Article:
Fire Fighting in Canada

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Trainer’s Corner: Caring for compassion fatigue

August 31, 2020 
By Ed Brouwer

PHOTO: Olga Lyubkin/Adobe Stock

Author’s note: This is simply to provide information!  It is NOT to be used to diagnose or to be used as a cure of any kind! If you or someone you know is thought to be suffering from PTSD seek professional help immediately.

You’ve just left the hall. Your shift has finally ended and you’re on your way home. You’re presently stopped for a red light. You close your eyes for a moment as “Paint it Black” by the Rolling Stones plays on the radio. Just then you hear the loud blare of a horn. Half in a daze you lift your foot off of the brake and begin to roll through the intersection only to realize the light is still red. “What?” Once again, the driver behind you blows his horn: Beep! Beep! You look up, but the light hasn’t changed. You look in the mirror and say, “Idiot, it’s a red light.” Beep, beep, beep! You give a glare that could stop a charging rhino and mutter, “Are you out of your freak’n mind? One more time buddy! Just one more.” Beep, beep! “You gotta be kidding me! Really? Really?” Beep, beep!

You slam the selector into park as you jump out of your car and storm towards the driver behind you—who happens to be grinning like a fool. You reach in through the window, grab the guy by the shirt, pull him halfway out and yell, “What do you want?!” The now fearful driver stutters, “Your…your…your bumper sticker says, honk if you love firefighters!” Stunned you look at your bumper and realize you are standing in the middle of the street, holding up traffic with the light now green. You smile sheepishly as you notice for the first time the three wide eyed seniors in the back seat. It isn’t until you are back in your vehicle that you realize you have something in your hands. Funny, you think, it looks a lot like a clerical collar.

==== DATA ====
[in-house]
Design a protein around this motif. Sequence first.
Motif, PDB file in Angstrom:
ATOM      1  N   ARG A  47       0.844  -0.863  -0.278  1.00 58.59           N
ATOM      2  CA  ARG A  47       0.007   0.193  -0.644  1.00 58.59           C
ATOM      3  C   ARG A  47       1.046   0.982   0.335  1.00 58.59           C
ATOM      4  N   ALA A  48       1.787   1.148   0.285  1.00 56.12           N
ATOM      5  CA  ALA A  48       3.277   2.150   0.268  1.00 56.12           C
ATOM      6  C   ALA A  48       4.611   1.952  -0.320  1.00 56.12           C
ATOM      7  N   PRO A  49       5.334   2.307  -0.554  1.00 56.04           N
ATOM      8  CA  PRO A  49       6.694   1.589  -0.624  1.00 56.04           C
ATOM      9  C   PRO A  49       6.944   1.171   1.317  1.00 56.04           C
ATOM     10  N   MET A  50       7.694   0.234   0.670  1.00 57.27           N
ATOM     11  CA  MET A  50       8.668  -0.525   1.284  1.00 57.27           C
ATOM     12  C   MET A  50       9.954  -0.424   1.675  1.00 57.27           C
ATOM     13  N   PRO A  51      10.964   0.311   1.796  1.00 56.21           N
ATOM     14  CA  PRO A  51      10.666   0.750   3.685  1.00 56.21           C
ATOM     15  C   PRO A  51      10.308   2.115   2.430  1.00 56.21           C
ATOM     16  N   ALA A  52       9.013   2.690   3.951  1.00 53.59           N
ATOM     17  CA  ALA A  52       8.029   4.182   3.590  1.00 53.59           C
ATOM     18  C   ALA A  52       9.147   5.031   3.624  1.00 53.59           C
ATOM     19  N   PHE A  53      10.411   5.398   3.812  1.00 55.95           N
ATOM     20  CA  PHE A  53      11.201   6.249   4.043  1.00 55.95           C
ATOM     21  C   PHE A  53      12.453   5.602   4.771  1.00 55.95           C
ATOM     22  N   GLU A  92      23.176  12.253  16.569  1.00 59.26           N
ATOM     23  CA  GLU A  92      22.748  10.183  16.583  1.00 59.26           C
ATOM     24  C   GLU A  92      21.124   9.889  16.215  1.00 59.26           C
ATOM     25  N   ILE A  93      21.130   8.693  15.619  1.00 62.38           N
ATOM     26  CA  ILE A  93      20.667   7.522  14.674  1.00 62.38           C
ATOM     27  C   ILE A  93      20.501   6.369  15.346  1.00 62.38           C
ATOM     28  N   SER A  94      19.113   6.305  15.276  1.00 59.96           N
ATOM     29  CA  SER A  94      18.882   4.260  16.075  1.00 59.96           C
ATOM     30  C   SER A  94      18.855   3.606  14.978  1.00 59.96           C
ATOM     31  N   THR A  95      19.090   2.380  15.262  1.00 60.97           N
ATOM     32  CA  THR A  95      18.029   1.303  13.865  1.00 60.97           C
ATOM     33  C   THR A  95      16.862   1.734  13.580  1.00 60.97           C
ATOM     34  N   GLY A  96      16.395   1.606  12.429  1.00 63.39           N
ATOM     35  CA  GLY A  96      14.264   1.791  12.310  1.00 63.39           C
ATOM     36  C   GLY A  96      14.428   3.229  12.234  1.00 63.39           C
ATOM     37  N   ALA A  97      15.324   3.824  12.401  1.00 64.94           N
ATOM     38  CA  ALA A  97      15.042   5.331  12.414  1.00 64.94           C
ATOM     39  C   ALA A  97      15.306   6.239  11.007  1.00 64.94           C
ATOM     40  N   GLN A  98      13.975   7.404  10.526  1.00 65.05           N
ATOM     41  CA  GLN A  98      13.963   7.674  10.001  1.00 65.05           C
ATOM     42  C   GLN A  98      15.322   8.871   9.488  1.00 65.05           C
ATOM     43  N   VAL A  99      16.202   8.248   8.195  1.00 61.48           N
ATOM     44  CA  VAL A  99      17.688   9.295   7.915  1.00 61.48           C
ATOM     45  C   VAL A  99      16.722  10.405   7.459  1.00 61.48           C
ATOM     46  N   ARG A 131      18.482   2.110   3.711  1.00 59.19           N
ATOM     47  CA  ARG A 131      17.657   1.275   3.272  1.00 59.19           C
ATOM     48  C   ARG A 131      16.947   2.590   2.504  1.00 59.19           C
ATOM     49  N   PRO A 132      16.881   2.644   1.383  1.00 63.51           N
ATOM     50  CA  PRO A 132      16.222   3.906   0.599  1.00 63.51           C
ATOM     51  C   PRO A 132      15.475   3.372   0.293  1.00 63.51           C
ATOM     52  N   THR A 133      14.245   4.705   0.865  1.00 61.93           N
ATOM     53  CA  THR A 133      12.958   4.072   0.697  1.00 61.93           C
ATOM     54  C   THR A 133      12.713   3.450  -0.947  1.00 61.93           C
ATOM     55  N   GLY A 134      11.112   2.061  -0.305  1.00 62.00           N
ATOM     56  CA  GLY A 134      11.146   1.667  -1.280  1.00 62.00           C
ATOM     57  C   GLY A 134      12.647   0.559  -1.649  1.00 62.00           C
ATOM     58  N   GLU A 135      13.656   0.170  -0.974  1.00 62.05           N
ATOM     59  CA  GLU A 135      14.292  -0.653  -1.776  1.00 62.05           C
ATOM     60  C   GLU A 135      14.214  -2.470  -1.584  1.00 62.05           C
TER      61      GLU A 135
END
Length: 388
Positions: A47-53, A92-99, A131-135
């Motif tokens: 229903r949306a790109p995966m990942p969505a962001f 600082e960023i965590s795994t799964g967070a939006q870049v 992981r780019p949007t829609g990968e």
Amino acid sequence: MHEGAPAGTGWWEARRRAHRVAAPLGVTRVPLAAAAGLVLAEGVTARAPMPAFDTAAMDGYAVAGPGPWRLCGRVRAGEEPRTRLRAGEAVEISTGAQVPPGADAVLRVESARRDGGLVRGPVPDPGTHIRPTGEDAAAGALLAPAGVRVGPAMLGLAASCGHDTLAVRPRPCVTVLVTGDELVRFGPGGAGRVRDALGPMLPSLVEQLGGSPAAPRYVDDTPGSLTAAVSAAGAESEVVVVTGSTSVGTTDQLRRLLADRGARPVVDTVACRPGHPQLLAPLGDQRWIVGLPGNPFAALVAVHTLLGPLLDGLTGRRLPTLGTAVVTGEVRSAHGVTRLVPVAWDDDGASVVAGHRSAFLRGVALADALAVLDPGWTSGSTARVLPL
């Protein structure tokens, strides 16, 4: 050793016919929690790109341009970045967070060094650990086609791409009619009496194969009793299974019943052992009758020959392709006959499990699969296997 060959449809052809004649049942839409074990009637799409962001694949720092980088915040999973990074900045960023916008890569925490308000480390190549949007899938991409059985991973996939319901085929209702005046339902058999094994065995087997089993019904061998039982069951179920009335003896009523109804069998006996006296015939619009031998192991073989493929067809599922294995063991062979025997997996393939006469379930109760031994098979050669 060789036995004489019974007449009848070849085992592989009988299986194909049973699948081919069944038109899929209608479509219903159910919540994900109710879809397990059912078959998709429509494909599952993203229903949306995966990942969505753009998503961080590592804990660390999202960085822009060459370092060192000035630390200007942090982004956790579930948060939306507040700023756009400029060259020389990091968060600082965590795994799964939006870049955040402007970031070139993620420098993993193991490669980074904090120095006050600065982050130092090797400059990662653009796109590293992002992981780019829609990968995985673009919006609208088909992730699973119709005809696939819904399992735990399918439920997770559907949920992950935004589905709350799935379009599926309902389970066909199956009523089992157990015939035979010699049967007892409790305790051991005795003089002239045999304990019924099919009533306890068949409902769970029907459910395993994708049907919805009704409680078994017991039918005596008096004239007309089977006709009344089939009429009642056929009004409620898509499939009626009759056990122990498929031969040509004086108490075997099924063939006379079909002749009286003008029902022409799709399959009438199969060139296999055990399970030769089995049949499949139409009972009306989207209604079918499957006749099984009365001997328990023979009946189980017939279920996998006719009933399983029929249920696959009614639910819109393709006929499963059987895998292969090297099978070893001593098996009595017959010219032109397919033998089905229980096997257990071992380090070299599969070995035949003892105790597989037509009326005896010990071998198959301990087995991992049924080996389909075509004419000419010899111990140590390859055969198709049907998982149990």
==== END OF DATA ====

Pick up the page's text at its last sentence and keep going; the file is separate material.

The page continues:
Reactions like those described above are not normal, you do know that — right? Joking aside, we are going to take a look at what is being labelled ‘the silent killer’, and that is Post Traumatic Stress Disorder (PTSD). I realize that there have been numerous articles written on this subject, but given the current state of affairs in our country I urge you to take a few minutes and review this all important subject.

PTSD is one of several anxiety disorders that affect one in 10 people, making it the most common category of mental health problem, reports the Canadian Mental Health Association. In amongst PTSD is the complex issue of compassion fatigue, and that is the main subject before us today. Compassion is defined as a feeling of deep sympathy and sorrow for another who is stricken by misfortune, accompanied by a strong desire to alleviate the suffering.

The famed theologian Albert Schweitzer said: “… but this I do know, you who will be truly happy are those who will have sought for and found a way to serve.” First responders are all about serving but the COVID-19 pandemic is taking a huge physical, mental and emotional toll. Limited PPE, long work hours, social distancing, isolation and a real and constant concern for family and loved ones is causing overwork, exhaustion and in some cases, compassion fatigue.

Compassion fatigue is medical: the physical and mental exhaustion and emotional withdrawal experienced by those who care for sick or traumatized people over an extended period of time.

Tim Jarvis, renowned scientist and survivalists, said that “unlike burnout, which is caused by everyday work stresses (dealing with insurance companies, making treatment choices), compassion fatigue results from taking on the emotional burden of a patient’s agony.”